Undisputed’s USA Amateur Boxing Show results of August 6th

Three members of the host gym, Undisputed Downtown, include (from L to R) pro-boxers Emilio Bojorguez, his brother Christian and Adrian Vargas shown here clowning around between bouts. Photo: Jim Wyatt

On another gorgeous day in downtown San Diego, it was the Undisputed Fitness and Training Center’s turn to host the latest in a series of USA Amateur Boxing Shows. And not to get all warm and fuzzy on you, but as my friend Fritz Werner says, “Life is not measured by the number of breaths we take, but by the moments that take our breath away.” Thanks to the host gym, the cordial patrons and the competitors, Saturday turned out to be a wonderful experience. These USA Amateur Boxing Shows are starting to bear a resemblance to family reunions where you have most everyone standing around reminiscing about the good old days.  


Bout #1 winner, Oscar Hernandez (R) has his arm raised in victory after defeating Corey Snyder (L). Photo: Jim Wyatt

Bout #1 featured 13 year-olds, Corey Snyder of City Boxing on 14th Street going up against Oscar Hernandez of Rhino’s Boxing in Vista. Early on, this one had a lot of give and take until Hernandez became in tune with Snyder’s style. Hernandez soon became bolder and took more chances. He used his leverage to land the harder shots and had Synder backing up. Before the bell sounded to end round one, the referee stepped in to issue Snyder an eight count.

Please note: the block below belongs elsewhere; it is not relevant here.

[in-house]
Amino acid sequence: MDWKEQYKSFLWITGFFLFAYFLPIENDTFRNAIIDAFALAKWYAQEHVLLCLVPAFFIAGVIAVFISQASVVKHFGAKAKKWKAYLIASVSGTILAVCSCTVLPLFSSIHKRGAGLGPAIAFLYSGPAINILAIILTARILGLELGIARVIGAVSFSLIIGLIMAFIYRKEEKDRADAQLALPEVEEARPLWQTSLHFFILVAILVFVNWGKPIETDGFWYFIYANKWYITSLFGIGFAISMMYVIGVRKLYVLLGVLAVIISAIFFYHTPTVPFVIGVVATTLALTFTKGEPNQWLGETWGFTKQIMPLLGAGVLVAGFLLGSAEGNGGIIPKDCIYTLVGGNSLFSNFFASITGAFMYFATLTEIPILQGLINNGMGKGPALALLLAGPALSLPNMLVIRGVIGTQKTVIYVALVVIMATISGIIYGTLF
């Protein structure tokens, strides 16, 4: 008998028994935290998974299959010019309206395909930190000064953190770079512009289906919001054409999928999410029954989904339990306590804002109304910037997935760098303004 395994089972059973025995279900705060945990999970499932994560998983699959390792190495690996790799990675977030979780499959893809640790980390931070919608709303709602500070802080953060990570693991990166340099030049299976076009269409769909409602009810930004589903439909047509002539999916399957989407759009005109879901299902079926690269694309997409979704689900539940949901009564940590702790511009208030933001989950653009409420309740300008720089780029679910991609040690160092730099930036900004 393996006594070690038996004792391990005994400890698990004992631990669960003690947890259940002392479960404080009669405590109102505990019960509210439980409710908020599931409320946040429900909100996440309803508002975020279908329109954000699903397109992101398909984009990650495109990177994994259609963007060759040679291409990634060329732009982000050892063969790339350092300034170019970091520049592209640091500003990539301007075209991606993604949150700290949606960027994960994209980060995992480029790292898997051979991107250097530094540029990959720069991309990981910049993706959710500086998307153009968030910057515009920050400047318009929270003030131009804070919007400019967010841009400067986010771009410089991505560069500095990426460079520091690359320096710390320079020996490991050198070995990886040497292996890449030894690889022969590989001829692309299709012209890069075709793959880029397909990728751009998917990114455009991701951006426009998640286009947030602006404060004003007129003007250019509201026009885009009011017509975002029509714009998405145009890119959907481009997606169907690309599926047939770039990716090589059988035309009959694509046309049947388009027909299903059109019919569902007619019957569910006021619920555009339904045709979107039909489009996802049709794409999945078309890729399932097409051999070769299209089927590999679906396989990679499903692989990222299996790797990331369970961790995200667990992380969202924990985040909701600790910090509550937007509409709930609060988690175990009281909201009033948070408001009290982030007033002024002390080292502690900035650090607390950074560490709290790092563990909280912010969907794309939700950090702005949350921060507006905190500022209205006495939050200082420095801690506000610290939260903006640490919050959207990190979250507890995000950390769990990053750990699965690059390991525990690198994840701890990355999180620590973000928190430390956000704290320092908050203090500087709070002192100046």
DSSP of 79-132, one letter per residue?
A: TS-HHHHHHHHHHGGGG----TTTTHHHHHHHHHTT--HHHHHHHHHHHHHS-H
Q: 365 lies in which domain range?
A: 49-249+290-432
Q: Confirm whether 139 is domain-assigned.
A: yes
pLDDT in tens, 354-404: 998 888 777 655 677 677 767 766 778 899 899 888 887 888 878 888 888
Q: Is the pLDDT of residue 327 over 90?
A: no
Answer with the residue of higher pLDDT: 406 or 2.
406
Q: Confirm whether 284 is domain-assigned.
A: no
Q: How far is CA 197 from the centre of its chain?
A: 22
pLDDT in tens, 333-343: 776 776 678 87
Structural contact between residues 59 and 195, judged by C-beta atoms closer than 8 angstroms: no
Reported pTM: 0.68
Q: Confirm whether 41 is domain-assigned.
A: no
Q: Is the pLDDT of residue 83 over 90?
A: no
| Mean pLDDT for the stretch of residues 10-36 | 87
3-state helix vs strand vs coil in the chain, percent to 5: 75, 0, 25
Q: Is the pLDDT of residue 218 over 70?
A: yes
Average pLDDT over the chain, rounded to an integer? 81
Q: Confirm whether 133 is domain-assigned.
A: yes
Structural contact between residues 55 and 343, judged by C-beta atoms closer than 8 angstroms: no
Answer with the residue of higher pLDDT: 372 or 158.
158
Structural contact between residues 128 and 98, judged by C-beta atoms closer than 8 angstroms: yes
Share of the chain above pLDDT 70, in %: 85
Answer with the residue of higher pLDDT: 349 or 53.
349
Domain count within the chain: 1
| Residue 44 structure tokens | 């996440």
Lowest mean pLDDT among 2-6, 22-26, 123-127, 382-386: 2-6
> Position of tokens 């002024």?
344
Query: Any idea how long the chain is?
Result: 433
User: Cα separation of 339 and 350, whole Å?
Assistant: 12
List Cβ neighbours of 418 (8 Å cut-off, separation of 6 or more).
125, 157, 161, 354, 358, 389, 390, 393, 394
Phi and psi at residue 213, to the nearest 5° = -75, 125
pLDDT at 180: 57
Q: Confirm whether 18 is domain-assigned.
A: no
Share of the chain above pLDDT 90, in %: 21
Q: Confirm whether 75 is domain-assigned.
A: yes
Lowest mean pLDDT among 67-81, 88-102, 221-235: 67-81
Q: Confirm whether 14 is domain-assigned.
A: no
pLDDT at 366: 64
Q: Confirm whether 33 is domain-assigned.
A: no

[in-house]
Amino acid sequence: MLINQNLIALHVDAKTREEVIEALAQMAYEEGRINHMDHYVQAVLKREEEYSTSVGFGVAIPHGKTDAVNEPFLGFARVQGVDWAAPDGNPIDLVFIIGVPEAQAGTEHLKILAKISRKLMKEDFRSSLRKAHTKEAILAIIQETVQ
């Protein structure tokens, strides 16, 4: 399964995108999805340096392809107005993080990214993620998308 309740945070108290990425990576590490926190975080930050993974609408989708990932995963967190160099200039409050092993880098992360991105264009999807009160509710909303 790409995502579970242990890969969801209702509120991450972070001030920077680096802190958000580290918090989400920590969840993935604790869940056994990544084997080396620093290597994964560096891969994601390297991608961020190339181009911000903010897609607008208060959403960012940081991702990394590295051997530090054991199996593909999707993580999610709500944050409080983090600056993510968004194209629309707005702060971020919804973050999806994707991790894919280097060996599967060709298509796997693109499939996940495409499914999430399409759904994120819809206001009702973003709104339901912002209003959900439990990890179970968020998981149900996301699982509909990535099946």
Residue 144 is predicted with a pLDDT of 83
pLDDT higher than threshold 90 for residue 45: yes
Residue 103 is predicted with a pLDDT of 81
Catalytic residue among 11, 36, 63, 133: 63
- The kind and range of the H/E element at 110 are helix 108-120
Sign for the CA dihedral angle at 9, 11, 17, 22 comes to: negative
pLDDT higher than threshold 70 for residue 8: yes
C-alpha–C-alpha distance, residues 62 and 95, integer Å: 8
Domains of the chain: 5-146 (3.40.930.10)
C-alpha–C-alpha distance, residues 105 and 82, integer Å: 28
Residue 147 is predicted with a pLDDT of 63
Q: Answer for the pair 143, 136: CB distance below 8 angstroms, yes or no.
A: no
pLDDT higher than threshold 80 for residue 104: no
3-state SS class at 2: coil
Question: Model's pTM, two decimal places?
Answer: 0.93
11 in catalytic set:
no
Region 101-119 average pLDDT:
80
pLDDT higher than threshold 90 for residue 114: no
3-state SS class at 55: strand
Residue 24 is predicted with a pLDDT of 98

The second and third rounds began like the first with Snyder showing signs of coming on only to give way to the brawling tactics of Hernandez who continued his strategy of having Snyder box while backing up. In the end, the verdict was clear, the brawler from Vista prevailed

Bout #2 winner, Christopher Bautista (R) celebrates after learning he has defeated Jesus Reyes (L). Photo: Jim Wyatt

Bout #2 featured 13-year-old Christopher Bautista of Rhino Boxing facing 12 year-old Jesus Reyes of the host gym Undisputed Downtown. On paper this one looked like a mismatch as Bautista was a year older, much taller, had more experience and the four pound weight advantage. But hold on. As Mark Twain once said, “It’s not the size of the dog in the fight, but the size of the fight in the dog.”

Reyes clearly took round one by utilizing this darting in and out pro-style offense. He’d land a quick burst of a two or maybe three punch combination, then he’d pull back out of range. Every time Bautista landed a punch, Reyes made certain his opponent received immediate payback.

Unrelenting, Reyes continued his strategy of boring in on the taller Bautista then he’d slip the follow-up punches or have them hit his gloves. All told, Reyes got hit solid about five times, but those solid overhand rights could not match the consistency of the combinations Reyes was landing. After all the praise for Reyes’ strategy, in the end the judges gave Bautista the nod.

Eduardo Mendivil (L) has his arm raised in victory by referee Rick Ley after defeating Miguel Sanchez (R). Photo: Jim Wyatt

Bout #3 featured 19 year-olds Miguel Sanchez of Oceans Boxing of Chula Vista, CA facing Eduardo Mendivil of the Real Deal Boxing Team in Hemet, CA. This was a matchup of a good orthodox boxer going up against the troublesome southpaw. In this one the boxers’ stance and footwork became oh so important.

Despite the great two way action, you’d have to say Mendivil, the righty, was the busier of the two and landed more of the cleaner shots; shots that would normally knock anyone down. After Mendivil landed a big straight right, back came Sanchez with his left and right crosses. This classic battle had everyone excited and up on their feet.